The Problems of Recognition

In Yugofax, December 1991

By Johan Galtung

Germany and the rest of the European Community have recognized the independence of Croatia-not in the name of peace but in the interests of a common foreign policy. So peace will not be achieved, and the long-awaited move will cause the situation to deteriorate.

The principle of self-determination within existing borders is relatively unproblematic for Slovenia, which is also to be recognized, but the Croatian situation is different.

Politicians, journalists, and regular people in Western Europe seem unaware of their deeply embedded anti-Serbian bias. The Cold War pattern is automatically projected onto Yugoslavia; East is communist and bad; West is democratic and good. This bias is reinforced by centuries of prejudice against Orthodox Serbs under Ottoman rule with their Cyrillic script in favor of Catholic Croats under Austro-Hungarian rule with their Latin letters. The moves to recognition have been fueled by those prejudices and represent a continuation of the East-West (Cold) War that many people, particularly in peace and civil society movements, thought was over.

Recognition will transform internal administrative borders in Yugoslavia into international ones, converting the complex civil war there into a war of aggression by Serbia on Croatia. This change is more likely to add arms, rather than peacekeepers, to the scene. Is Serbia in for an attack by a German-led-coalition, with Security Council legitimacy and guaranteed access through Hungary? In Slobodan Milosevic, has the West perhaps found a new international bogey, a spot vacant since the Gulf War?

These international alignments enforced by recognition will solve nothing because the whole construction of the war as a conflict between Serbia and Croatia is wrong. The agendas and pressure points behind the conflict include Greater Serbian demagogues, Hungarian, Albanian and Muslim advocates in Vojvodina, Kosovo and Bosnia-Herzegovina, and of course the 600,000 to 1 million Serbs in Croatia. (The higher estimate may represent Serbs in Croatia afraid to identify their nationality.) The Yugoslav federal army consists of up to 85% Serbs from outside Serbia, motivated by obvious historical fears. So while recognition is broadly seen as a move against Belgrade, as much as it may be intended as a move for Zagreb, Belgrade's actual control of the conflict is anything but firm.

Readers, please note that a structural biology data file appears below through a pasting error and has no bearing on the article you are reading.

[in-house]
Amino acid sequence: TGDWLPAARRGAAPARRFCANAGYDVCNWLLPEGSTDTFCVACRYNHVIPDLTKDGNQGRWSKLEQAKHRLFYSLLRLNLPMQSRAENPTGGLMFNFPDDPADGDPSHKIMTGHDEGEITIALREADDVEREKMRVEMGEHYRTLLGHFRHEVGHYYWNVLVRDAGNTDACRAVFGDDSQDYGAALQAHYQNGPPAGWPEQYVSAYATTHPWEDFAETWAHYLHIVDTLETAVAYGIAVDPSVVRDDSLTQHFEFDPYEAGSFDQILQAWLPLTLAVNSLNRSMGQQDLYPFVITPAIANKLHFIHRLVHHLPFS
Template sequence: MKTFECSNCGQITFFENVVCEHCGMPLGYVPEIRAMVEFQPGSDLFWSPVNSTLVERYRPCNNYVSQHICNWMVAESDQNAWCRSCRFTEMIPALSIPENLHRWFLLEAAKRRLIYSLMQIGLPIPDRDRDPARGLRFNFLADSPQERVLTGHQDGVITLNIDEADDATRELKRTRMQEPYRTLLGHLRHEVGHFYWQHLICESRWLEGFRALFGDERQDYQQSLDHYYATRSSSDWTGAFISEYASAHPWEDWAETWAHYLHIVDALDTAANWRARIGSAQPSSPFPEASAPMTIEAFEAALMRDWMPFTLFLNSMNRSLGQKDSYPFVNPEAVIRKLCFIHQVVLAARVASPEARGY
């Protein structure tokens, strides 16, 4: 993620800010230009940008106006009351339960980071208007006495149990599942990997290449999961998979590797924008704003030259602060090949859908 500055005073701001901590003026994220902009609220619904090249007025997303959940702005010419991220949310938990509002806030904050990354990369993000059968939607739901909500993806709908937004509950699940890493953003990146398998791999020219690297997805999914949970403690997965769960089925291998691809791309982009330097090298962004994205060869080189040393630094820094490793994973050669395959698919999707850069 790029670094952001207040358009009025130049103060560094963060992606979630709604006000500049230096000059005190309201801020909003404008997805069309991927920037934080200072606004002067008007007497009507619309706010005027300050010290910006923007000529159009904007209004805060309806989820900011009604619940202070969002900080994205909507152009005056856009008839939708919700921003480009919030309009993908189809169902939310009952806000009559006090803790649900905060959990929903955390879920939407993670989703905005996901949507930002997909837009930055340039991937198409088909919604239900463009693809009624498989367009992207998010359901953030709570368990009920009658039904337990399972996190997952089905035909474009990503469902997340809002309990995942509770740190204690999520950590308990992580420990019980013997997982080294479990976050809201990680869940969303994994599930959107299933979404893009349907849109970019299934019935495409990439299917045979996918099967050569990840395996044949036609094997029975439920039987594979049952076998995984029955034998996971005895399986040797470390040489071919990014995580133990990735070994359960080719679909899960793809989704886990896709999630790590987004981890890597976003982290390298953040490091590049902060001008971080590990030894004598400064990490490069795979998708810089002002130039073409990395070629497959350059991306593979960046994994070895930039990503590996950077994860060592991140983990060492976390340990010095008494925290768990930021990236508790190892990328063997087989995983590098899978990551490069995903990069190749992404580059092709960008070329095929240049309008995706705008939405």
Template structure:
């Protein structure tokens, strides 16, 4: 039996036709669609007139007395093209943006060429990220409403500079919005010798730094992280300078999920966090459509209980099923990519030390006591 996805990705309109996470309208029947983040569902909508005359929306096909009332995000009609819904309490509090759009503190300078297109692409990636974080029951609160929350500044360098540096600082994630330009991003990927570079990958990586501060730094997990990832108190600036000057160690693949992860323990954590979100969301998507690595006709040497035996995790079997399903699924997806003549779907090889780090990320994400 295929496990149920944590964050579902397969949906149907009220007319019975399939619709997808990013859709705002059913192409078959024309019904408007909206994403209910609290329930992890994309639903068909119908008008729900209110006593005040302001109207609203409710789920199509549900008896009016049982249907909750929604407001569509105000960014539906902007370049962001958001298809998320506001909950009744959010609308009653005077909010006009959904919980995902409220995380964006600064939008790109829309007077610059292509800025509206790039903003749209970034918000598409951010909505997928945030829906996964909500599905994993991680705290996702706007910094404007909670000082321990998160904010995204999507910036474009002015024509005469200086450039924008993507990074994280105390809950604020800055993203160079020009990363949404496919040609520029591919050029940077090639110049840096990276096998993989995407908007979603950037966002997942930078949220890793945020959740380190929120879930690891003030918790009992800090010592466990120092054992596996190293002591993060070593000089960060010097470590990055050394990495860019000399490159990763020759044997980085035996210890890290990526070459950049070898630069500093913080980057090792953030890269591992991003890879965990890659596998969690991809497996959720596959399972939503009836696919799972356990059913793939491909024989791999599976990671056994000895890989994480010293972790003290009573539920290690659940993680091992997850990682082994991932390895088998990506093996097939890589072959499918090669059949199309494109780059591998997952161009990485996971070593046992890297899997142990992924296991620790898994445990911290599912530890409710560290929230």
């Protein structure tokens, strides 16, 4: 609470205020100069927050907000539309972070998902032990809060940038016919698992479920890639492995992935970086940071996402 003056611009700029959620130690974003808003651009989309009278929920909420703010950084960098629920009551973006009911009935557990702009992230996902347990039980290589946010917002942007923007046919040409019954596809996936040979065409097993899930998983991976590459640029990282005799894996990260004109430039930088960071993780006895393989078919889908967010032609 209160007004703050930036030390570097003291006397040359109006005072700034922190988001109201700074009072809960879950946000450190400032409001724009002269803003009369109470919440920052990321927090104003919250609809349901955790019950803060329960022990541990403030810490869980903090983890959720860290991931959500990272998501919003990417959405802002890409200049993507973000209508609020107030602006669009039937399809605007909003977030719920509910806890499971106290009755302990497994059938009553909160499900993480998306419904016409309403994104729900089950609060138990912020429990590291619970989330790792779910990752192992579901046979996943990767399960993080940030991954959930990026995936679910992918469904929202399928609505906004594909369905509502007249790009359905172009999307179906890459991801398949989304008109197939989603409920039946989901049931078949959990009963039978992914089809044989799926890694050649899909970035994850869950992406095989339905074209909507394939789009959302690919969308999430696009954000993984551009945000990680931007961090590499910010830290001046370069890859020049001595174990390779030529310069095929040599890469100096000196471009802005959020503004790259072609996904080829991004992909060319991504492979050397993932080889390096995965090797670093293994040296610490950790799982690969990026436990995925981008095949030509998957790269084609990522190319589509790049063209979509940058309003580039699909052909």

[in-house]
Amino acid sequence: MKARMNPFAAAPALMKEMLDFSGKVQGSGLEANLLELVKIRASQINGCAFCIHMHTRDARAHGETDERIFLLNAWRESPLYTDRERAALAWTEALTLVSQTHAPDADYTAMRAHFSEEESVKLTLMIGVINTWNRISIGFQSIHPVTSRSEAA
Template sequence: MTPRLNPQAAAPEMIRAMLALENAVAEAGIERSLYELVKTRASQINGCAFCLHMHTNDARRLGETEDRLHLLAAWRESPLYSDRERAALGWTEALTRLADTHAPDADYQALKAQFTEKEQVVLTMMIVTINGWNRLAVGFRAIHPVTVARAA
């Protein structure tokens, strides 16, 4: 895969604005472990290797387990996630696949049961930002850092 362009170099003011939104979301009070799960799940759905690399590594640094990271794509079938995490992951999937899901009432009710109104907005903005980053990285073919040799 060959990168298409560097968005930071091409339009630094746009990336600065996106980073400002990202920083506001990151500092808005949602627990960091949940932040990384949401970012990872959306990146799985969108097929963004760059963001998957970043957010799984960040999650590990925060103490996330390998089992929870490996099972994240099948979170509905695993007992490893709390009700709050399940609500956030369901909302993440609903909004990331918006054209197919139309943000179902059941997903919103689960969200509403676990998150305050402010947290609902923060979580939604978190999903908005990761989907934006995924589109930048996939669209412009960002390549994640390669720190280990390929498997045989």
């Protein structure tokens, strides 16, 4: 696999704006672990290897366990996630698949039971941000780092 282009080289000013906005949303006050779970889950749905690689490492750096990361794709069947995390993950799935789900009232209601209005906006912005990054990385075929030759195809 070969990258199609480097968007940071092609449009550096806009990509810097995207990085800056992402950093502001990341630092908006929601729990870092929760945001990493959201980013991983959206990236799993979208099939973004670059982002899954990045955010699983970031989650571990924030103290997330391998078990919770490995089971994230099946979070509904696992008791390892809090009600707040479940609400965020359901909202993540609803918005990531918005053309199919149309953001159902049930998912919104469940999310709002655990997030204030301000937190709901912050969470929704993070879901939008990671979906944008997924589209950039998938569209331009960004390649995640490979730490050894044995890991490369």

No wonder Serbs in Croatia have declared themselves independent, already creating their own ministries. They could hardly be expected to accept written guarantees by a government that has abolished their rights as Serbs, much like Belgrade wrongly abolished the 1974 autonomy of Hungarians and Albanians. The recognition of Croatia may convince these Serbs that they have no alternative but to fight to the end. That instinct will be amplified by propaganda.

Facing a German-EC-Catholic alliance, Serbs in general feel pushed against a wall. Their Orthodox neighbors to the East are either EC members (Greece), antagonists over Macedonia (Bulgaria) or impotent Romania). They see their only hope for protection in peacekeeping forces from the United Nations, possibly stationed in Serbia rather than Croatia, nominally to protect Hungarians, Albanians and Muslims against Serbs but in their view protecting Serbs against a possible German-led coalition.

Finally, recognition may become a forum, after the dismal accomplishments of the Hague, for the EC to demonstrate foreign policy clout and military muscle even before the 1998 fusion with the Western European Union. The Yugoslav crisis is being dealt with, not as a crisis to solve, but as raw material for experimentation toward constructing a European Union superpower.

Is there an alternative? Buy peace with time. Blue Helmets should be deployed throughout Yugoslavia. Such a move could give the people there -and not just the ruling politicians -some years to sort this mess out.

Johan Galtung is an acclaimed peace researcher, now at the University of Hawaii

Peace Magazine Mar-Apr 1992

Peace Magazine Mar-Apr 1992, page 22. Some rights reserved.

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